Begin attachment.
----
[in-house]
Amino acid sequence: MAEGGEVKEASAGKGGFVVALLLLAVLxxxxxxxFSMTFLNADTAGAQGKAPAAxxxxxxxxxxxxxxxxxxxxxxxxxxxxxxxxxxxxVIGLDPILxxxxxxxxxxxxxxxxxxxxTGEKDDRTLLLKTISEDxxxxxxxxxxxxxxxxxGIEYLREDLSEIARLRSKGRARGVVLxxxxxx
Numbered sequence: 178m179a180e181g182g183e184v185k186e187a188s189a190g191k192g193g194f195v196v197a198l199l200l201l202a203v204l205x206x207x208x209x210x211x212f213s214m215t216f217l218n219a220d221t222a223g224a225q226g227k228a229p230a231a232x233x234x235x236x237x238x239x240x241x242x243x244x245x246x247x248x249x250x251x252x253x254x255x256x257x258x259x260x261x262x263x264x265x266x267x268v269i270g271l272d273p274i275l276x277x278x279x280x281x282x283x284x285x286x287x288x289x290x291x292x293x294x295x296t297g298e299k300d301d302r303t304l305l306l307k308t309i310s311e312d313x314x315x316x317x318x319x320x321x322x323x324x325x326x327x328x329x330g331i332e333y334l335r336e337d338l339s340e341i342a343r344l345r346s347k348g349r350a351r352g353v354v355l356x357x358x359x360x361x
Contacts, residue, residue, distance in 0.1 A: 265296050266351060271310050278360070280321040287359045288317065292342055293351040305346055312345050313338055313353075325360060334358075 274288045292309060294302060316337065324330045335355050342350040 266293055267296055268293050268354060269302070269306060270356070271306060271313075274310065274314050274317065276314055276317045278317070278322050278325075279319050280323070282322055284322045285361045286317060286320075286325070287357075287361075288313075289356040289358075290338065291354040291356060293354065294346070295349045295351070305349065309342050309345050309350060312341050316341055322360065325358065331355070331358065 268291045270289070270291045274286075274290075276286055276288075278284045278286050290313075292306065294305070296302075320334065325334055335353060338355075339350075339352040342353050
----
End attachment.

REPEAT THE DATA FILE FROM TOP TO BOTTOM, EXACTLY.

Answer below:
[in-house]
Amino acid sequence: MAEGGEVKEASAGKGGFVVALLLLAVLxxxxxxxFSMTFLNADTAGAQGKAPAAxxxxxxxxxxxxxxxxxxxxxxxxxxxxxxxxxxxxVIGLDPILxxxxxxxxxxxxxxxxxxxxTGEKDDRTLLLKTISEDxxxxxxxxxxxxxxxxxGIEYLREDLSEIARLRSKGRARGVVLxxxxxx
Numbered sequence: 178m179a180e181g182g183e184v185k186e187a188s189a190g191k192g193g194f195v196v197a198l199l200l201l202a203v204l205x206x207x208x209x210x211x212f213s214m215t216f217l218n219a220d221t222a223g224a225q226g227k228a229p230a231a232x233x234x235x236x237x238x239x240x241x242x243x244x245x246x247x248x249x250x251x252x253x254x255x256x257x258x259x260x261x262x263x264x265x266x267x268v269i270g271l272d273p274i275l276x277x278x279x280x281x282x283x284x285x286x287x288x289x290x291x292x293x294x295x296t297g298e299k300d301d302r303t304l305l306l307k308t309i310s311e312d313x314x315x316x317x318x319x320x321x322x323x324x325x326x327x328x329x330g331i332e333y334l335r336e337d338l339s340e341i342a343r344l345r346s347k348g349r350a351r352g353v354v355l356x357x358x359x360x361x
Contacts, residue, residue, distance in 0.1 A: 265296050266351060271310050278360070280321040287359045288317065292342055293351040305346055312345050313338055313353075325360060334358075 274288045292309060294302060316337065324330045335355050342350040 266293055267296055268293050268354060269302070269306060270356070271306060271313075274310065274314050274317065276314055276317045278317070278322050278325075279319050280323070282322055284322045285361045286317060286320075286325070287357075287361075288313075289356040289358075290338065291354040291356060293354065294346070295349045295351070305349065309342050309345050309350060312341050316341055322360065325358065331355070331358065 268291045270289070270291045274286075274290075276286055276288075278284045278286050290313075292306065294305070296302075320334065325334055335353060338355075339350075339352040342353050